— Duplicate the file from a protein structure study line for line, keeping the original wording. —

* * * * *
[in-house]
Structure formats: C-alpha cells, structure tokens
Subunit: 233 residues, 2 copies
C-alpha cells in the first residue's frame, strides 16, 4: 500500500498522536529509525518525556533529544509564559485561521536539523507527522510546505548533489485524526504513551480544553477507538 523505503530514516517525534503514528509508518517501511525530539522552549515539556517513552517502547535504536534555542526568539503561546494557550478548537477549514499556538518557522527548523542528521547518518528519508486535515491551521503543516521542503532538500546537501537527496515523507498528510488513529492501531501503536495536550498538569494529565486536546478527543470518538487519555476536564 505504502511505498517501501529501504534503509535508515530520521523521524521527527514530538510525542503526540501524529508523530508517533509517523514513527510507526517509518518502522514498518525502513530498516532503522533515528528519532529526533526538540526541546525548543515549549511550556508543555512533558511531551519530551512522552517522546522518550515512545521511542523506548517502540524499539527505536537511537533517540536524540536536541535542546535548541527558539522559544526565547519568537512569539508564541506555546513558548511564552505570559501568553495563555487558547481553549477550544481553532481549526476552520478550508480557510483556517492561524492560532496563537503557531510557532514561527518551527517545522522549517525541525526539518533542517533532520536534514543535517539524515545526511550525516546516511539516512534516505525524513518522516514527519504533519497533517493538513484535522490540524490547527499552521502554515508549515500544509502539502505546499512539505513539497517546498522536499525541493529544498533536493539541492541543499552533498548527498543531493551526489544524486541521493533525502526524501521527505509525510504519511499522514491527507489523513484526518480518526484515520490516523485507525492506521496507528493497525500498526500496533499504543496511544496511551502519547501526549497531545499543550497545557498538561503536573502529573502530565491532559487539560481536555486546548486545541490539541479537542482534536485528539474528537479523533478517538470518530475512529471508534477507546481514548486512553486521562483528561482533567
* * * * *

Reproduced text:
[in-house]
Structure formats: C-alpha cells, structure tokens
Subunit: 233 residues, 2 copies
C-alpha cells in the first residue's frame, strides 16, 4: 500500500498522536529509525518525556533529544509564559485561521536539523507527522510546505548533489485524526504513551480544553477507538 523505503530514516517525534503514528509508518517501511525530539522552549515539556517513552517502547535504536534555542526568539503561546494557550478548537477549514499556538518557522527548523542528521547518518528519508486535515491551521503543516521542503532538500546537501537527496515523507498528510488513529492501531501503536495536550498538569494529565486536546478527543470518538487519555476536564 505504502511505498517501501529501504534503509535508515530520521523521524521527527514530538510525542503526540501524529508523530508517533509517523514513527510507526517509518518502522514498518525502513530498516532503522533515528528519532529526533526538540526541546525548543515549549511550556508543555512533558511531551519530551512522552517522546522518550515512545521511542523506548517502540524499539527505536537511537533517540536524540536536541535542546535548541527558539522559544526565547519568537512569539508564541506555546513558548511564552505570559501568553495563555487558547481553549477550544481553532481549526476552520478550508480557510483556517492561524492560532496563537503557531510557532514561527518551527517545522522549517525541525526539518533542517533532520536534514543535517539524515545526511550525516546516511539516512534516505525524513518522516514527519504533519497533517493538513484535522490540524490547527499552521502554515508549515500544509502539502505546499512539505513539497517546498522536499525541493529544498533536493539541492541543499552533498548527498543531493551526489544524486541521493533525502526524501521527505509525510504519511499522514491527507489523513484526518480518526484515520490516523485507525492506521496507528493497525500498526500496533499504543496511544496511551502519547501526549497531545499543550497545557498538561503536573502529573502530565491532559487539560481536555486546548486545541490539541479537542482534536485528539474528537479523533478517538470518530475512529471508534477507546481514548486512553486521562483528561482533567